Pensioners are moving out of home ownership and into the private rented sector, a new report said.
The Prudential says that 42% of retired tenants are former home owners and their main reasons for selling up include paying off debts (40%), boosting retirement income (9%) and helping their children.
The Prudential report is independently borne out by a tenancy referencing firm, which says that there has been a large increase in the numbers of older tenants.
According to the Pru, two in five former home-owners were forced to sell up because of debt, while 19% needed to release funds to cover the costs of divorce or separation. Nearly one in ten sold up to use the money to fund their retirement.
However, on average, retired tenants are paying £423 a month in rent – two-thirds more than the average monthly mortgage payment made by a retiree. Their rental outgoings will account for nearly a third of the average expected retirement income of £15,300 a year (as measured by Prudential’s Class of 2013 research study).
A retirement expert at Prudential, said: “Renting in retirement can make financial sense and accessing property wealth to boost retirement income is a genuine solution for many. Our research shows that many retired renters are perfectly happy with this arrangement.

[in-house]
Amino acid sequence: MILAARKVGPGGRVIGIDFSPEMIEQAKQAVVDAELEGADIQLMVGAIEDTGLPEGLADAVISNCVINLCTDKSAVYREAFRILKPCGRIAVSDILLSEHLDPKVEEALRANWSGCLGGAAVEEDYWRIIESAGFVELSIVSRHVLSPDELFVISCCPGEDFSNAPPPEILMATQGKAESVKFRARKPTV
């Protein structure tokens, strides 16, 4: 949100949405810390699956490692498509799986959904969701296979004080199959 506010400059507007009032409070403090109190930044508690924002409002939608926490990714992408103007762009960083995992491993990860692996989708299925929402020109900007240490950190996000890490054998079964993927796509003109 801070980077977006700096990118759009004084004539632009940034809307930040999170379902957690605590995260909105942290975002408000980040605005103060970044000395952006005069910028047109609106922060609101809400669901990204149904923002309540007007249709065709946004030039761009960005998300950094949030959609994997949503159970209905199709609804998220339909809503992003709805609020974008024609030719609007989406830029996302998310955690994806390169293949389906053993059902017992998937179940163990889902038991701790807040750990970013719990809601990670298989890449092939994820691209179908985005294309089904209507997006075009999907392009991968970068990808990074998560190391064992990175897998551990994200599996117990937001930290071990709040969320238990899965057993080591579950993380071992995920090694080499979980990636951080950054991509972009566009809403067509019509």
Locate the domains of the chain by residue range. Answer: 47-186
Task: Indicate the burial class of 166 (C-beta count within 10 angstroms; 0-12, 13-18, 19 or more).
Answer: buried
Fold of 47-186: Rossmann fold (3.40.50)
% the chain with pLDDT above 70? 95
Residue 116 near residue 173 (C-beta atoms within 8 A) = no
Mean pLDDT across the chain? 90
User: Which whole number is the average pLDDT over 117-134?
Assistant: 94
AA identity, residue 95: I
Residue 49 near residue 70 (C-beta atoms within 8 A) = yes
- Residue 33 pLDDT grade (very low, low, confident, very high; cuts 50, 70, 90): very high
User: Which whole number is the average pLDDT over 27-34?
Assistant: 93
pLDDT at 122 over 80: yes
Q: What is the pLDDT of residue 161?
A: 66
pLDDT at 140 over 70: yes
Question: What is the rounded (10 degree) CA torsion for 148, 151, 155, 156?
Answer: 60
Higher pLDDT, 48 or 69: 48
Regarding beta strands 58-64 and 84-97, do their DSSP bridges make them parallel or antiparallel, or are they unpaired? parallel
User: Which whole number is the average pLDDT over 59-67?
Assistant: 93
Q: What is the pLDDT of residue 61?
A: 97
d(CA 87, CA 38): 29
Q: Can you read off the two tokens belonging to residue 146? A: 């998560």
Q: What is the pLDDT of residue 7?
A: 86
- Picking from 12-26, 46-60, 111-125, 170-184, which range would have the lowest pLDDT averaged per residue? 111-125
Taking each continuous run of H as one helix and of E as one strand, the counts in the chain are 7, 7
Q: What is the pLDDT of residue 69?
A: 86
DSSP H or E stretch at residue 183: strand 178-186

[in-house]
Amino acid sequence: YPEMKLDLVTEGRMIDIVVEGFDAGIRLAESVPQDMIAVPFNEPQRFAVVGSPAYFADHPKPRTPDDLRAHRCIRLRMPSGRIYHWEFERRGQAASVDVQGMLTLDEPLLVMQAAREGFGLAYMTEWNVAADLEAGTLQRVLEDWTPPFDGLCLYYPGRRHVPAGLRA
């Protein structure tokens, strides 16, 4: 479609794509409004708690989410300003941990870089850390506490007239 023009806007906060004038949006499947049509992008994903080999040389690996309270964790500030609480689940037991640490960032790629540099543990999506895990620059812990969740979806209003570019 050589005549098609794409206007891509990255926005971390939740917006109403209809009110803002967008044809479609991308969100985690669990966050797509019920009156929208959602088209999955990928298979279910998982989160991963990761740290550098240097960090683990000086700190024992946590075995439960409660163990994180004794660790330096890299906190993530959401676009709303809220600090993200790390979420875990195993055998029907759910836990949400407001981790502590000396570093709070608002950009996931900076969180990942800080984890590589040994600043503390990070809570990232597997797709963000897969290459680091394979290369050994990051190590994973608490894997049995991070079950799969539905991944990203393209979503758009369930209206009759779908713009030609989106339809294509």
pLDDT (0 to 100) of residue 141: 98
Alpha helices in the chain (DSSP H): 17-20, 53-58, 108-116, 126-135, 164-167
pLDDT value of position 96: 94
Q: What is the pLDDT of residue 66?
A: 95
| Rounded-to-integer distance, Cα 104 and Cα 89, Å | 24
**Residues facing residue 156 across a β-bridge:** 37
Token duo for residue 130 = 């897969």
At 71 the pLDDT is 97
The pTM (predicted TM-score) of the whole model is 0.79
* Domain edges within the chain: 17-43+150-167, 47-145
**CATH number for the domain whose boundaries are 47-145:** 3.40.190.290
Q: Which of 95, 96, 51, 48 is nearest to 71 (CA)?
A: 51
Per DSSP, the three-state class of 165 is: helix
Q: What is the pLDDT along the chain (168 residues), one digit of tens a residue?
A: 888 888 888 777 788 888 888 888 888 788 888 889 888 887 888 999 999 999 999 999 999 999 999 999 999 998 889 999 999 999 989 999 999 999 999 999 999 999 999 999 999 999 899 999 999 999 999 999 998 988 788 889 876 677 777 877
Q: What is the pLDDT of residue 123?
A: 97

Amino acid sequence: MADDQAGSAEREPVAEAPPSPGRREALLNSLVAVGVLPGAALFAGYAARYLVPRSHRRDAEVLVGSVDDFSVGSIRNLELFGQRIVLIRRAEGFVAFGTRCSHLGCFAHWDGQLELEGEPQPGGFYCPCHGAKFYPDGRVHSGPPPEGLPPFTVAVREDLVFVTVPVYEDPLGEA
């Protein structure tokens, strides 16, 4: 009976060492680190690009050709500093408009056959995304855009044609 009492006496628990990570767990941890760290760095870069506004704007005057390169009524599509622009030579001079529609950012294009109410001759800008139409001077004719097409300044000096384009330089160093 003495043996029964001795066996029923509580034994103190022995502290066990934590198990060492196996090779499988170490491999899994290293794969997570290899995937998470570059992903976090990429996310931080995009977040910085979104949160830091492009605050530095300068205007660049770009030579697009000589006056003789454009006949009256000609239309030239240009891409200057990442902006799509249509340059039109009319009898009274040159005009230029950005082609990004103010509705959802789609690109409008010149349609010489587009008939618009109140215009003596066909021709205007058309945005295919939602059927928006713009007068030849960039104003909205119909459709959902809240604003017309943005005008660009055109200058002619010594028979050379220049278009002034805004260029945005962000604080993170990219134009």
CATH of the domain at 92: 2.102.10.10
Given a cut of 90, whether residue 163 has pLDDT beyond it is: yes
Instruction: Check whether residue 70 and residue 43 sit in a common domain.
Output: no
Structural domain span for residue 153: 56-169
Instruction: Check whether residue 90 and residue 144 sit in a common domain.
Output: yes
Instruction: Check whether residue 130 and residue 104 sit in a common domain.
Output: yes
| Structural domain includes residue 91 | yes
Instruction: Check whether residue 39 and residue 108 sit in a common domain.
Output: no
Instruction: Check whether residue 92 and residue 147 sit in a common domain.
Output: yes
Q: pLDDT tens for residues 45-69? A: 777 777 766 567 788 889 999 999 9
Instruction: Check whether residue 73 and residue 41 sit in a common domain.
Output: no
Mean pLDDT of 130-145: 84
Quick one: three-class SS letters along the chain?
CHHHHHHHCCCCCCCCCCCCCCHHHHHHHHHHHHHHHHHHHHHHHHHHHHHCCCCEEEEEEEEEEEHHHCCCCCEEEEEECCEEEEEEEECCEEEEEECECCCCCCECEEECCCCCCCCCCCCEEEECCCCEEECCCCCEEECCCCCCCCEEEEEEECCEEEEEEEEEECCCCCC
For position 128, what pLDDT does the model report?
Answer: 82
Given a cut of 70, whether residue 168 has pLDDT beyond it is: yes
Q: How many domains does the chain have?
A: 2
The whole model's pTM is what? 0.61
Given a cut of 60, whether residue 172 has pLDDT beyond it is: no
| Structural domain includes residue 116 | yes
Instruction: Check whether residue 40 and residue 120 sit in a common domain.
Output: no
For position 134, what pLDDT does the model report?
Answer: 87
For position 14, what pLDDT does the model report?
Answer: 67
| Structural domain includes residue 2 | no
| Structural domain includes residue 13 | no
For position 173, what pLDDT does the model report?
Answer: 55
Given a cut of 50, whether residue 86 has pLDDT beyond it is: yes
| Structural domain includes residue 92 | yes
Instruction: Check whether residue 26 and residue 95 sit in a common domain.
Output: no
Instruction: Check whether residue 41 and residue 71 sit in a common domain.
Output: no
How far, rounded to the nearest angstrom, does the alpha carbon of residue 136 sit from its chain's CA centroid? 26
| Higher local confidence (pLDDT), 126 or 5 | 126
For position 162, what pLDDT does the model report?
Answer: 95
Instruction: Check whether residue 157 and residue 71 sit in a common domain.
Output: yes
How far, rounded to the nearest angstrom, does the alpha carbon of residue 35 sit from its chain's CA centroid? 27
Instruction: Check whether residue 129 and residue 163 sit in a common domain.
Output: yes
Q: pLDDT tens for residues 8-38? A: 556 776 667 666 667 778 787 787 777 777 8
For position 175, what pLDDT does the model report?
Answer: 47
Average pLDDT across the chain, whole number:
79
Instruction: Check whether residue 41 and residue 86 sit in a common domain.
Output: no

“However, retirees should be aware of the extra financial burden they could be taking on if they choose to sell up and rent.”
Only one-sixth (15%) of retired tenants choose not to own their home as a lifestyle choice.
The majority of retired renters (58%) have never owned a home and three-quarters of them plan to continue renting for the foreseeable future, says the Prudential report.
According to referencing service Legal 4 Landlords, which does work for both agents and directly for landlords, there has been a marked trend in older tenants. Two years ago, the proportion of tenants aged over 51 was 5%, while today it is 9.5%.
The proportion of tenants aged 41-plus, including those aged over 51, is now almost one-third, compared with one-fifth two years ago.
In contrast, referencing of tenants aged under 30 has fallen by over one quarter. Legal 4 Landlords thinks this is because more younger people are continuing to live at home for financial reasons.